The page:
STEP TWO: PRICING
The price at which you sell your product can be key to your success. Pricing is a very important part of your business.
- The customer must be happy that he is getting value for the price he is paying, but also, that you, as the business owner, are making sufficient margin to cover your overheads.
- Therefore, the selling price of your product, less the cost price of that product, known as the gross profit or margin, must be large enough to cover your expenses such as advertising, rent, salaries, travelling expenses etc.
- If the margin is not high enough you will go out of business because you will have negative cash flow.
- Not only do you need to make sufficient margin, but your price has to be attractive to the customer and must be competitive.
What is the next step once you have determined that, according to your market research, your product solves a problem and is something your customers want? You need to determine how you are going to go about starting your business and an important question that needs to be answered is, ‘how much money do I need?’
What do you need the money for?
- Develop the product
- Source the product — perhaps imported goods
- Pay for infrastructure
- Operational costs.
This information goes hand in hand with determining your price point. The best way to determine how much you will need is to prepare a business plan.
Related: Register A Company In South Africa
STEP THREE: YOUR BUSINESS PLAN
Anyone who is serious about starting their own business needs a business plan. The business plan is the most informative document you will produce, and it will be the basis for everything you do within your business. I don’t buy into the concept of one-page business plans. The idea of a one-page business plan is to keep you agile — you need to look at your plan as a living, breathing document, and not as a huge file on a shelf gathering dust.
There is no business plan that ever met the market and didn’t need to be adjusted. However, it’s essential for you to do the work for a full business plan. You can then distill it into a one-pager to keep you on point — but keep going back to the full plan.
You need to thoroughly research and test the elements of your business, before embarking on operations. Your business plan must be robust enough to stand the rigours of testing.
You need to have:
- Researched your product
- Tested the market
- Calculated the cost of the required infrastructure
- Determined the price barriers
- Understood the profitability
- Calculated how much money you will need to start and run the business.
It’s important to understand that a business plan is not prepared specifically to meet the needs of potential stakeholders such as lenders or investors, but is your guide and enabler. It should cover all the key parts of your business and should be amended and updated as the business grows, or circumstances change.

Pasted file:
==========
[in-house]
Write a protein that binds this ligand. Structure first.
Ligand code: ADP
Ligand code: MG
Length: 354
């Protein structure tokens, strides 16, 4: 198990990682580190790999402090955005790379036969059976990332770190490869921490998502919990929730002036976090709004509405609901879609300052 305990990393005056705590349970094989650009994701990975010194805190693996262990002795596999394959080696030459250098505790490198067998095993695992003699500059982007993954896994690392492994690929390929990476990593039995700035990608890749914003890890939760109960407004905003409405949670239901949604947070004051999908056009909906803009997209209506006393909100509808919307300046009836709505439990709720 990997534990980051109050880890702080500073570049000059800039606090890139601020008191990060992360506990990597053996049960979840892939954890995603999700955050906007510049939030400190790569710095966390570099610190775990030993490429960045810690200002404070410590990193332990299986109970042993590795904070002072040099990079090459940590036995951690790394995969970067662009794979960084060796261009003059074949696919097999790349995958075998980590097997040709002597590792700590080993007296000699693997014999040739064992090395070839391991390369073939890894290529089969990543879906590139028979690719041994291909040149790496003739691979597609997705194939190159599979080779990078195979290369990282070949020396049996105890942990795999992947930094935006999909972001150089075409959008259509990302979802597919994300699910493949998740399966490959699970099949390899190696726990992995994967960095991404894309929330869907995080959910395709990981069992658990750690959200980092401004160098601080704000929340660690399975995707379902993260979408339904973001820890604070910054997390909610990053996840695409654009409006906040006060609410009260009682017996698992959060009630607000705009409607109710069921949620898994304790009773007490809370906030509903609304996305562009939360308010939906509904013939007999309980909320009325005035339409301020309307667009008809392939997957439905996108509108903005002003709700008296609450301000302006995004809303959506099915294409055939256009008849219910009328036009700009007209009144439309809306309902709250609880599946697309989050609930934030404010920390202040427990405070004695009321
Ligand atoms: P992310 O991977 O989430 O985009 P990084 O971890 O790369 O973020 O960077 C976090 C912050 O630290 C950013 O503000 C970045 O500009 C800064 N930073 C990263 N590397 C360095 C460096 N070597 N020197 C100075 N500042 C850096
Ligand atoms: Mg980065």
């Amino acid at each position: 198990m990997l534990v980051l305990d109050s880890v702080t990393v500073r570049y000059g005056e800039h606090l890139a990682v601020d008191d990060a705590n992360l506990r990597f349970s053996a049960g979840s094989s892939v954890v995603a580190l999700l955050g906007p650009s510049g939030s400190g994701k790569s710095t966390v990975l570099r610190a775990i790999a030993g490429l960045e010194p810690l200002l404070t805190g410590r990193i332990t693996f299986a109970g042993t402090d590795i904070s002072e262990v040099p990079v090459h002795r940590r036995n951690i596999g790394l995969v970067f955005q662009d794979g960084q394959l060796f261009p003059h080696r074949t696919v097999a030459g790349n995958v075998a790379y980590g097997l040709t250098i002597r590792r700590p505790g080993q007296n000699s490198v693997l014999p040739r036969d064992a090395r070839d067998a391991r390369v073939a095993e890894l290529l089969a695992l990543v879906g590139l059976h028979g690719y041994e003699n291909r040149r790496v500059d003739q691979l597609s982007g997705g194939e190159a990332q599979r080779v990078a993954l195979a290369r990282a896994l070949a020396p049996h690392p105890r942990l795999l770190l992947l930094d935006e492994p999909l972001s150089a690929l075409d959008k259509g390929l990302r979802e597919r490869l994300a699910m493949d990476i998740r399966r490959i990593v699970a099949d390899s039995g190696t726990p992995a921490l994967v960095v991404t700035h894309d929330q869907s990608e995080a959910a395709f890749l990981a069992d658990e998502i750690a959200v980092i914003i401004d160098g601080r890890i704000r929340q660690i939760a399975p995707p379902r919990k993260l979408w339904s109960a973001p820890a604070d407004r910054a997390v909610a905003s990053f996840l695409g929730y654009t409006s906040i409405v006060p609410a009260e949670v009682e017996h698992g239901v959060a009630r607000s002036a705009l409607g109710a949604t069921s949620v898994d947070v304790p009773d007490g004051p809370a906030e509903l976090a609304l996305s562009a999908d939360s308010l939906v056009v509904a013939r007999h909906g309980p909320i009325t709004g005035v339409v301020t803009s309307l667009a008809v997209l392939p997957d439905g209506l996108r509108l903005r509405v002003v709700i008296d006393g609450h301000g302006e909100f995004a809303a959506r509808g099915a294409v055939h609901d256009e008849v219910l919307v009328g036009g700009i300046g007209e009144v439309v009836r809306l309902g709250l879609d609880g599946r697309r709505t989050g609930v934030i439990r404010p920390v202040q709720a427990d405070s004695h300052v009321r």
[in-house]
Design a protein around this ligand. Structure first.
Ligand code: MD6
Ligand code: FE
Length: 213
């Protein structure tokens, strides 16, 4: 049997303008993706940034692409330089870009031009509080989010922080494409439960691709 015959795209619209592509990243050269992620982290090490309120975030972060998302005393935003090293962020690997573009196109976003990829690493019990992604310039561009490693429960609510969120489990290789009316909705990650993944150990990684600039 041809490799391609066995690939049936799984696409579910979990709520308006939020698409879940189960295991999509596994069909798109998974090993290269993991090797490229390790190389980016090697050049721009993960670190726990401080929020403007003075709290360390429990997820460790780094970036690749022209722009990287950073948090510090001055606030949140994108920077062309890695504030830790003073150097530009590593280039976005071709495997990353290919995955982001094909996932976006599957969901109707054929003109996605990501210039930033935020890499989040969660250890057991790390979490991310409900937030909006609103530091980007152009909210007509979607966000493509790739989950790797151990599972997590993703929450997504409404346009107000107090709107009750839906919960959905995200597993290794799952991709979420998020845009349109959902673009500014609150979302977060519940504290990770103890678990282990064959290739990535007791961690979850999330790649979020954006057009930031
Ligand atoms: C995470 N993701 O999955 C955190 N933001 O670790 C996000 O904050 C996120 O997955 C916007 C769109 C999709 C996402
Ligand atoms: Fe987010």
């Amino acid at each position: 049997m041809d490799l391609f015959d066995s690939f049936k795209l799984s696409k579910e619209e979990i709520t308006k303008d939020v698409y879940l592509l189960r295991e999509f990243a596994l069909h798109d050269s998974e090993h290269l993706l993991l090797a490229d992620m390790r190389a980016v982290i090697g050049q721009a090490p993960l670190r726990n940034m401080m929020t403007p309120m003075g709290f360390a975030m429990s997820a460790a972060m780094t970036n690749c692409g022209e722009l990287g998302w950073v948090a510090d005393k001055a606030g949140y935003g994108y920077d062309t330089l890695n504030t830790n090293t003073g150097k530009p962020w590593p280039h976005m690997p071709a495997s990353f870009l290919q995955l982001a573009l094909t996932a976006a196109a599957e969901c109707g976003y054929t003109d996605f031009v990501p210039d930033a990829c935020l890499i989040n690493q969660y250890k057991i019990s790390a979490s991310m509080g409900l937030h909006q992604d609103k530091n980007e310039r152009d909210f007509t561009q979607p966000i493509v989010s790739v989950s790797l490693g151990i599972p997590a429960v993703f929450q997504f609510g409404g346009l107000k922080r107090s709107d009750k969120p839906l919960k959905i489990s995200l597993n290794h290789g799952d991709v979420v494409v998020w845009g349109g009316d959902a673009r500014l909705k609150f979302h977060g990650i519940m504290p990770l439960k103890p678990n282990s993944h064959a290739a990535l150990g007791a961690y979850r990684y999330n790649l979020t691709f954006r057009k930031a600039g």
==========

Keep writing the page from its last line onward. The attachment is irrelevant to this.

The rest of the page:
Related: Business Plan Format Guide
The simple checklist alongside will help you to ensure that you cover all the steps in building your business plan.
It’s not easy to start any business and much harder to do so if you have no money. However, if your business plan is sound you will be able to obtain interest in your business. In most instances it requires a determined mindset with the eye on the medium term. It’s also a blessing in certain instances that money is not readily available, as it allows you to start slowly and have more of an understanding of what is required to succeed. Once the business becomes profitable you can scale it up.
|CHECKLIST FOR A BUSINESS PLAN|
|Business objectives and vision|
|Product or service|
|Location of business premises and market|
|The business vision|
|What product or service|
|To whom are you going to sell|
|What is the benefit for your customer?|
|What are your unique selling points/differentiators?|
|After sales service|
|Gross profit margin|
|Protection of your intellectual property or brand|
|Who is your target market?|
|Where is your target market?|
|Why do they want your product?|
|Who is the competition?|
|What is the price and is it affordable?|
|What quantities can be sold?|
|Is this a cash or credit market or both?|
|Infrastructure and staffing|
|Suppliers and their terms|
|Funding the business|
|Purchase of raw materials|
|Accounting and IT considerations|
STEP FOUR: FUNDING
How do I go about finding money to start and run my business? You are satisfied you have a good product that will provide value for your customers.
Your best option would be to:
- Persuade a customer to give you an order on terms that are very favourable to you. If we refer to our marketing map, our product was cricket equipment and we had determined four customer groupings. One of the groupings was the schools market